Wind proposals could open door for harbour redevelopment

Endeavour Wharf as it is today'Picture by Karl Hansell
Endeavour Wharf as it is today'Picture by Karl Hansell
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A Whitby heritage centre has been proposed as part of the redevelopment of the harbour’s Endeavour Wharf.

The Whitby Gazette revealed recently how the borough council was in discussions with an individual contractor about using the harbour as part of the Dogger Bank wind farm development.

However, local groups in the town have spoken out against the plans - unless the scheme forms part of a wider regeneration of the harbour.

“It’s not about stopping the wind farm,” said Whitby Town Councillor Phil Trumper, “It’s about getting all the industries around the harbour working together.”

Whitby Harbour Board chairman Cllr Mike Cockerill recently announced in the Gazette that he had been contacted by a company interested in using the harbour in relation to the wind farm at Dogger Bank. Since then, harbour users have reacted with concern that traditional industries such as fishing could be lost to make way for the new development.

However, Whitby Town councillors have suggested that the wind farm could exist alongside fishing, tourism, and other harbour users, if an innovative partnership is undertaken.

By creating a single structure on the wharf, there could be an area for the wind farm services, the fish market could be relocated there, and a Whitby Sea Heritage Centre opened.

Cllr Trumper even suggested that a tall ship could return to the harbour, such as when the Grand Turk was berthed alongside the wharf.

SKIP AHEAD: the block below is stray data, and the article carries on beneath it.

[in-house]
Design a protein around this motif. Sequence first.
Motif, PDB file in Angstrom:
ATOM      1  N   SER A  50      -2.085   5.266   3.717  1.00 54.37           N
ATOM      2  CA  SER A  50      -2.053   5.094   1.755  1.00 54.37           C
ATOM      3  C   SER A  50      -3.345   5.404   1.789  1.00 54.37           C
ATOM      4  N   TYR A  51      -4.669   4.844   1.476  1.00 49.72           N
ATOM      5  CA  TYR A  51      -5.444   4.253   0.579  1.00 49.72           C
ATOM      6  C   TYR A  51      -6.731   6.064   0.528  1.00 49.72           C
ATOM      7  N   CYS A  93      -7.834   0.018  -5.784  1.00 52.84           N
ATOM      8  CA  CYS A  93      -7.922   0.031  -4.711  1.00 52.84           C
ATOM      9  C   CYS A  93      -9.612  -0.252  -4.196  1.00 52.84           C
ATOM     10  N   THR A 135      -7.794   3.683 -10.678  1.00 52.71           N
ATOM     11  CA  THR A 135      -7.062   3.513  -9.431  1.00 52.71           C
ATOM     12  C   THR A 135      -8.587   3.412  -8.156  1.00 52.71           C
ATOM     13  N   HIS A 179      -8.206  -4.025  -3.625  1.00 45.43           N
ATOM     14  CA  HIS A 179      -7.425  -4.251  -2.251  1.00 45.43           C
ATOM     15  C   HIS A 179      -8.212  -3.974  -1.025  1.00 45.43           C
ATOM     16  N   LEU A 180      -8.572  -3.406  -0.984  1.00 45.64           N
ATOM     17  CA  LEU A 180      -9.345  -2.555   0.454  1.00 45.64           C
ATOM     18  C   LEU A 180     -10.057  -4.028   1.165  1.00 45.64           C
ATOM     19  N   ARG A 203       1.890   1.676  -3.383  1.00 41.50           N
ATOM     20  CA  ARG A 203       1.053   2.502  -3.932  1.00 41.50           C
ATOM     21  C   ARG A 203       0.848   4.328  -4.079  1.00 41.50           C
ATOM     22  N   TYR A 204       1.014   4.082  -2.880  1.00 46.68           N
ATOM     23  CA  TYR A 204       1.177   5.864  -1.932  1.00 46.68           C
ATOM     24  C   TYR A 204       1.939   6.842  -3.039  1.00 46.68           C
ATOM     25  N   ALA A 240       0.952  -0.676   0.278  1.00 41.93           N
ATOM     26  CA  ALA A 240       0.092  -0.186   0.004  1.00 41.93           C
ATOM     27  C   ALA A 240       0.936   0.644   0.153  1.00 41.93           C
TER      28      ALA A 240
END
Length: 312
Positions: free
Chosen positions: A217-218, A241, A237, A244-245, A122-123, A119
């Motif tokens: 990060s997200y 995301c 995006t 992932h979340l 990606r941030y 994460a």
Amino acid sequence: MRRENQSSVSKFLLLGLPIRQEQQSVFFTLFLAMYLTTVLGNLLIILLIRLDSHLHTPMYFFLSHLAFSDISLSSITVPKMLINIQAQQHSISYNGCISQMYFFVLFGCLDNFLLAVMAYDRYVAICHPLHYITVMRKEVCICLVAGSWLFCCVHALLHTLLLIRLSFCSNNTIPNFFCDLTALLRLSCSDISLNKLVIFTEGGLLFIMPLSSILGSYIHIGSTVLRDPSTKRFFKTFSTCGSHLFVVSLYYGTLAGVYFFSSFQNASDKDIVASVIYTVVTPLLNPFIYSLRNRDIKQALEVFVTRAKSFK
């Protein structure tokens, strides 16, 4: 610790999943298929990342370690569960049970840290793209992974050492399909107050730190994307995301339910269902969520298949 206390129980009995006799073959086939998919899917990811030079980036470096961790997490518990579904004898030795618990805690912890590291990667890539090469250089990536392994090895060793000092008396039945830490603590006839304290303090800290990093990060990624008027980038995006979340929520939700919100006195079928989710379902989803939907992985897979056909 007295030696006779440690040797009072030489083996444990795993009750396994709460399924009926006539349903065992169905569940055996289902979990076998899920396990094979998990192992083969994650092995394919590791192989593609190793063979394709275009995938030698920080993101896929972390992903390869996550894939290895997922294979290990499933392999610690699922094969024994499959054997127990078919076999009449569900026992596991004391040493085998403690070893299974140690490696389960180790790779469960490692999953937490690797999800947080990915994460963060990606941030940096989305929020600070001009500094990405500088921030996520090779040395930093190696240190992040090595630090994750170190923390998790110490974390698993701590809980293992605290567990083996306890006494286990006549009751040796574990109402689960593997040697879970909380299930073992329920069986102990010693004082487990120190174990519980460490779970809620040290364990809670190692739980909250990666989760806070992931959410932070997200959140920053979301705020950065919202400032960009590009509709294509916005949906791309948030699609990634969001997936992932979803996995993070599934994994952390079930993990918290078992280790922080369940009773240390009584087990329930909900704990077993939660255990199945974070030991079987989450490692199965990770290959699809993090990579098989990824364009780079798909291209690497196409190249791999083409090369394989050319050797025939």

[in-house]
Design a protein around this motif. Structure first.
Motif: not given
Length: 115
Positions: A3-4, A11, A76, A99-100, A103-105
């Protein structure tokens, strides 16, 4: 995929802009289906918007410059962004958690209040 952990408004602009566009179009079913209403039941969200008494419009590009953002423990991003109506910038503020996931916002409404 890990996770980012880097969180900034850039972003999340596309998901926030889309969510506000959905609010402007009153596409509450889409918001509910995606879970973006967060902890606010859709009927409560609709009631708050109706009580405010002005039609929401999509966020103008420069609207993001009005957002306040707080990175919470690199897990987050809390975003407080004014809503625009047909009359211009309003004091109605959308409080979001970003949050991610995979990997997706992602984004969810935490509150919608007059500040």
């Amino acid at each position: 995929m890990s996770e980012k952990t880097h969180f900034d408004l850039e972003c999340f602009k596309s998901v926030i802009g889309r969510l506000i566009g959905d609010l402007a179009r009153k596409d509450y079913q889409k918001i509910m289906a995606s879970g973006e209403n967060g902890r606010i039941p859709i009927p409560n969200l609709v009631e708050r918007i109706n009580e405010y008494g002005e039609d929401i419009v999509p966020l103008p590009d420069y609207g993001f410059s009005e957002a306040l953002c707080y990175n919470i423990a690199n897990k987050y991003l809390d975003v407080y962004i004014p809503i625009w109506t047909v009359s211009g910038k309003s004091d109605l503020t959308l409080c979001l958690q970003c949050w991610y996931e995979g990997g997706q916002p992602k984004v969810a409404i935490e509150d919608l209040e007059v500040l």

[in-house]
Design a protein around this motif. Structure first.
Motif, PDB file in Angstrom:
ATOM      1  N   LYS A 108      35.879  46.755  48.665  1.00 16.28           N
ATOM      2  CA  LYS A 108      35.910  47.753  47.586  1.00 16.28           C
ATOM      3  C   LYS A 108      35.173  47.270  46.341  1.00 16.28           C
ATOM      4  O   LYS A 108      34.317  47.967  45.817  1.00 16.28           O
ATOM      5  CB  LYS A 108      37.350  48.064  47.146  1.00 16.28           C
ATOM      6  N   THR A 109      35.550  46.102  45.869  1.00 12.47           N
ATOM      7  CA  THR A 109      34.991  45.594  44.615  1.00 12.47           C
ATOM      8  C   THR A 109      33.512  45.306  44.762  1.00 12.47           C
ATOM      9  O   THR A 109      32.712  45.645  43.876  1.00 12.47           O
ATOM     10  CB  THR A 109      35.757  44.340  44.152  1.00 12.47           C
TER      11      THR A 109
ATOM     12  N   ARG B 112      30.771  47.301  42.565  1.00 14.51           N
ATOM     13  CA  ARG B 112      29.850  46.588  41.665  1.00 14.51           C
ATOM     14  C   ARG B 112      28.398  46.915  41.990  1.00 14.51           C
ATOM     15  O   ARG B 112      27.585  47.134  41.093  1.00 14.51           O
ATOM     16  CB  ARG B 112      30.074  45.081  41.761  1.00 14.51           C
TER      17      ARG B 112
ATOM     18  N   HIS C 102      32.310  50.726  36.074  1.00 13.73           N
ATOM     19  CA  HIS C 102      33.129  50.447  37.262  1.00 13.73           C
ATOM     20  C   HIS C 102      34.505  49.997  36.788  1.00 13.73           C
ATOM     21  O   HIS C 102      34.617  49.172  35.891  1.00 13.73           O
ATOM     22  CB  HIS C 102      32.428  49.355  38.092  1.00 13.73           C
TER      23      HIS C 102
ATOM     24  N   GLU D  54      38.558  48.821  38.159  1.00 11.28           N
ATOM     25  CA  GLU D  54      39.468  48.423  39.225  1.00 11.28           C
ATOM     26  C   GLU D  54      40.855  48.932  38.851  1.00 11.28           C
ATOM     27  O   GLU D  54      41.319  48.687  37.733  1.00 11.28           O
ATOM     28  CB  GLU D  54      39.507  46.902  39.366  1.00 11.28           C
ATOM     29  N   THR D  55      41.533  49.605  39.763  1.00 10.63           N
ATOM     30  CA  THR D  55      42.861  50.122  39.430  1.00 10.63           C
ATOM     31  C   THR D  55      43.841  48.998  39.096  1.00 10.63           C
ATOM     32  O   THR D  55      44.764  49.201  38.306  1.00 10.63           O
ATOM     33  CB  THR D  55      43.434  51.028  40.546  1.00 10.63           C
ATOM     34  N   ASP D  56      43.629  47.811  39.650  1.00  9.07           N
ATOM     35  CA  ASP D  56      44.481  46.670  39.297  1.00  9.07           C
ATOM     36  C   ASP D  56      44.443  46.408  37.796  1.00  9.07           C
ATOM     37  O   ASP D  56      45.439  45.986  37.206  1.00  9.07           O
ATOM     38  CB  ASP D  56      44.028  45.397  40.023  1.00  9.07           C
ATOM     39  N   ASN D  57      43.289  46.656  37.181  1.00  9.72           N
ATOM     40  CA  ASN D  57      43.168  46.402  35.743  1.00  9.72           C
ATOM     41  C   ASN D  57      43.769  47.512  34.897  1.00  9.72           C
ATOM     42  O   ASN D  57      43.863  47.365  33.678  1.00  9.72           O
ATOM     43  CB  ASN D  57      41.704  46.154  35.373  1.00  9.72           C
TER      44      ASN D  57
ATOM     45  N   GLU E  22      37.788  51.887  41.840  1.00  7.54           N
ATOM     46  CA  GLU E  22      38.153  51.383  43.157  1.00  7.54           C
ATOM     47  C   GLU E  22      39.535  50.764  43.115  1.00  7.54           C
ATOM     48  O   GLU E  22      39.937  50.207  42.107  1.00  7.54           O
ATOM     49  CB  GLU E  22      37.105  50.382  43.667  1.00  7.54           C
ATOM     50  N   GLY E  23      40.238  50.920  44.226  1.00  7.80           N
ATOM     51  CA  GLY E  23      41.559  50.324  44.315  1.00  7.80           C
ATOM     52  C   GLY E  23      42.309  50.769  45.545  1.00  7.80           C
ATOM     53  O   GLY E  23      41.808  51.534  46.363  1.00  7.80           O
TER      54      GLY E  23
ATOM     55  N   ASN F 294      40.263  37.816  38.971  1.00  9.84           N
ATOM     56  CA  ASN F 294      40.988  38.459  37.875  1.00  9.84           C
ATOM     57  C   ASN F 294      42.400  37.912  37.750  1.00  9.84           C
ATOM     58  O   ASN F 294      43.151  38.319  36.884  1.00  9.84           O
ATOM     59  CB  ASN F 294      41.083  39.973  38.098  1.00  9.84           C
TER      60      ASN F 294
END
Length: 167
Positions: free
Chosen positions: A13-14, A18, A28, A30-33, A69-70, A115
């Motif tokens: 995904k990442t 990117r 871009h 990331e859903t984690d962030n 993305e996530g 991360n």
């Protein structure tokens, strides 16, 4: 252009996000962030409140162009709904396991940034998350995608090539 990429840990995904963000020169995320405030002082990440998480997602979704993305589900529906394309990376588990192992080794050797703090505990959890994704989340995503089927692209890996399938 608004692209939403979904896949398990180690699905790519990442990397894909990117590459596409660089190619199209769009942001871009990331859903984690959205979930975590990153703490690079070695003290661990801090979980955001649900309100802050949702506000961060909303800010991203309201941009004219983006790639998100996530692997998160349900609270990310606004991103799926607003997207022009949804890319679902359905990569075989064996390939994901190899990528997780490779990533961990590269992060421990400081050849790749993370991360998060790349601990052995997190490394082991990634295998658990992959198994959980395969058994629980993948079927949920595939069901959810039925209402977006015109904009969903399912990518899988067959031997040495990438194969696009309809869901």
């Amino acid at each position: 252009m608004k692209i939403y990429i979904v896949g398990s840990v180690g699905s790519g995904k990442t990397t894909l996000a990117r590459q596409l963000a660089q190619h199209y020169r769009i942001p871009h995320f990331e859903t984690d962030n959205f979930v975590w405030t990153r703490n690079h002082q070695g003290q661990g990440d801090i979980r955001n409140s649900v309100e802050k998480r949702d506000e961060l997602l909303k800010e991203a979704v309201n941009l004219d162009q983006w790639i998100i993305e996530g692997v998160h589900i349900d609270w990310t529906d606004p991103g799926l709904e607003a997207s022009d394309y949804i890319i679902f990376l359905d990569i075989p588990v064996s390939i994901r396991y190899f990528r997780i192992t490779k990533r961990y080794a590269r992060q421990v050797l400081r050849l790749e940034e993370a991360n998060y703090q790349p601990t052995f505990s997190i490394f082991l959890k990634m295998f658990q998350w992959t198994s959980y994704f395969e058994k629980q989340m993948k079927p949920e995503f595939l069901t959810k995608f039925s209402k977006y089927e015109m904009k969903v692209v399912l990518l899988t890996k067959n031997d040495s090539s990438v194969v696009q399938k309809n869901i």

This could make a sustainable harbour, generating income through both fish landings and entrance fees to the heritage centre and ship, which could be reinvested to make the fish market sustainable.

“We are concerned that the fish market could disappear if something isn’t done to prevent it,” added Cllr Trumper. “This is just an idea, and people might not agree with us. But we are open to all ideas and we want people to get involved.”

In addition to an exhibition detailing Whitby’s history, walkways from the heritage centre could lead through into the fish market, where visitors could see boats land their catch and the auctions taking place.

This would make an income-generating tourist attraction out of one the town’s most famous industries.

“If it’s well-designed you can incorporate all these different things into it, and it could be a multi-purpose building,” explained Cllr Trumper.

Cllr Trumper talked about the existing fish market not being fit for purpose due to its location and “ugly” design.

Praising Shaun Wood of Whitby Fish Sales for taking on the huge challenge of keeping the fish market open, Cllr Trumper said: “Anyone who would have taken that on, they need a medal really. But we need to look at how to make it sustainable to maintain fishing in Whitby.”

Any scheme is likely to cost millions of pounds to put into force, but Cllr Trumper said the income it generates would be priceless for the town and harbour.

If the fish market was to be shifted to Endeavour Wharf, it would allow the existing area along Pier Road to be replaced with a more attractive feature such as a promenade.